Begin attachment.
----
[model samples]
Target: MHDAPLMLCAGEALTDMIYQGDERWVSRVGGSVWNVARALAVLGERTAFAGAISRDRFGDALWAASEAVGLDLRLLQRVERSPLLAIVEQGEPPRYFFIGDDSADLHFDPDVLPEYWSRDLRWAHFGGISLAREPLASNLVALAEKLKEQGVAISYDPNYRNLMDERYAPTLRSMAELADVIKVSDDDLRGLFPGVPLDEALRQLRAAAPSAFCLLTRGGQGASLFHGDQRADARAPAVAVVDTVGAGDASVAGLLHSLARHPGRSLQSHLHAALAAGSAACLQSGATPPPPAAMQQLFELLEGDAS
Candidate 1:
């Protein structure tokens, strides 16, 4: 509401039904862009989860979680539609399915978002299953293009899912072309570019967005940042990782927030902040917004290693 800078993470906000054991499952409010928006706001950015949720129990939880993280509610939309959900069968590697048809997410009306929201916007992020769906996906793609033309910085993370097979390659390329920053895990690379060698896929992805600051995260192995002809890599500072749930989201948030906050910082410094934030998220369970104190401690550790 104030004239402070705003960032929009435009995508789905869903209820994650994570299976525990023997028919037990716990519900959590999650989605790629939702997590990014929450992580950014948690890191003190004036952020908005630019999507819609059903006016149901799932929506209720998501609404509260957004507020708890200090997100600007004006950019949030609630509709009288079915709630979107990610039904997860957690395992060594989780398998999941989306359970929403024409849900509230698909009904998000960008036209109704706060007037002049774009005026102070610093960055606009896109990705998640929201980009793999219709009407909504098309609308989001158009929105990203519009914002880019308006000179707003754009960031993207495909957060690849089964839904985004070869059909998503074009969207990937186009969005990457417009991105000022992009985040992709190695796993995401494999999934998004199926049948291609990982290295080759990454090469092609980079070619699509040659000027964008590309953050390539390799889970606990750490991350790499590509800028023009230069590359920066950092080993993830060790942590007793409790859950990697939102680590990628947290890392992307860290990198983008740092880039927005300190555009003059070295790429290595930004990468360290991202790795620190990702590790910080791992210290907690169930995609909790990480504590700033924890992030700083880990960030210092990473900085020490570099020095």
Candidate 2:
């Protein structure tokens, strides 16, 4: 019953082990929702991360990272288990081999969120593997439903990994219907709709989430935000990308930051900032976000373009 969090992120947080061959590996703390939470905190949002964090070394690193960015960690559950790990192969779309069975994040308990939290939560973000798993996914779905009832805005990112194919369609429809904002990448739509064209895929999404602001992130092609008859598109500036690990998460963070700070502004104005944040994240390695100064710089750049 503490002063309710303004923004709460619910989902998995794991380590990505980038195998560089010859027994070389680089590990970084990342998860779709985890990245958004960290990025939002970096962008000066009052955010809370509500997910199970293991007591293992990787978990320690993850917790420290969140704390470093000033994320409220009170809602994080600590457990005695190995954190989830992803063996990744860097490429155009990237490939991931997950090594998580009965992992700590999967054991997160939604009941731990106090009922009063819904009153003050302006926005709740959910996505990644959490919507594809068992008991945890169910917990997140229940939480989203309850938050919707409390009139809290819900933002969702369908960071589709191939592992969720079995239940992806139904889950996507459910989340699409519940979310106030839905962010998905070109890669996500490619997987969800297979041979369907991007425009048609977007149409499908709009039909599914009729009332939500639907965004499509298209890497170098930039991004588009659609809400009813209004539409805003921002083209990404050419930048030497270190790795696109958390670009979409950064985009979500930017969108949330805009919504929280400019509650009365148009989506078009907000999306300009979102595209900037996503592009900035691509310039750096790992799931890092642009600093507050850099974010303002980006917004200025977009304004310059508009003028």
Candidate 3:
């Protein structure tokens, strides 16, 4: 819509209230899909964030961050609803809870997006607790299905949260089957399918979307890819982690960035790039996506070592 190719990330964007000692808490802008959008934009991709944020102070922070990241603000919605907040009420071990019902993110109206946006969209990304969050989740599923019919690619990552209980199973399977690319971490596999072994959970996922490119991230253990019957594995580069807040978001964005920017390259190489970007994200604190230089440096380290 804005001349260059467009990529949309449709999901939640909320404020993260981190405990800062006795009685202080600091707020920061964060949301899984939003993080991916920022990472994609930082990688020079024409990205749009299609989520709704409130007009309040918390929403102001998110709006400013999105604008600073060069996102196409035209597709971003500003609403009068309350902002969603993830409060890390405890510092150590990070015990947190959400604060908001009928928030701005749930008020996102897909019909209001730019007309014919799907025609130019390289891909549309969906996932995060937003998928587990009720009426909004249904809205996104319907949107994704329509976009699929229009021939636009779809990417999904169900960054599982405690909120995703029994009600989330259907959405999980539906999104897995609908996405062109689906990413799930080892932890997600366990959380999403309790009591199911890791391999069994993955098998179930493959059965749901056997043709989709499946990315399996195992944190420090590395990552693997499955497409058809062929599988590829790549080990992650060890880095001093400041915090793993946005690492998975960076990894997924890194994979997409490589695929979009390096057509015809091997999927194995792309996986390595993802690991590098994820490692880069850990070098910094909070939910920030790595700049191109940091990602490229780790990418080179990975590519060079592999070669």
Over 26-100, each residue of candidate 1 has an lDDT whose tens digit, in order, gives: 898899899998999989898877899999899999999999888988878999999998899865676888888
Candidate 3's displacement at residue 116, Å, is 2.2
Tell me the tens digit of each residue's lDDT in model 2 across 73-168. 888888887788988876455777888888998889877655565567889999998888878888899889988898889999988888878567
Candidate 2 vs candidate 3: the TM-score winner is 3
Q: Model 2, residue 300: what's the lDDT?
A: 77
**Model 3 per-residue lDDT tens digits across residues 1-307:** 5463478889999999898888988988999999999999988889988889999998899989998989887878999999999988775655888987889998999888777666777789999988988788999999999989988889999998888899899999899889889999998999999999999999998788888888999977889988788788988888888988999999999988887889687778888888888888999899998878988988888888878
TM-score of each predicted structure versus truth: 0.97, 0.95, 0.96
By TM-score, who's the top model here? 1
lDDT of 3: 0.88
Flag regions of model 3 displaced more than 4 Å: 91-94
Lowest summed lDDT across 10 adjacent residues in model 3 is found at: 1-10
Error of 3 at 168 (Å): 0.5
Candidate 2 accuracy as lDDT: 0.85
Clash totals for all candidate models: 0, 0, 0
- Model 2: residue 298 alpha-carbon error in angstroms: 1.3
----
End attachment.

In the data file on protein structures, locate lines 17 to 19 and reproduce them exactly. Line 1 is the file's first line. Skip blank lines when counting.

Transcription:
By TM-score, who's the top model here? 1
lDDT of 3: 0.88
Flag regions of model 3 displaced more than 4 Å: 91-94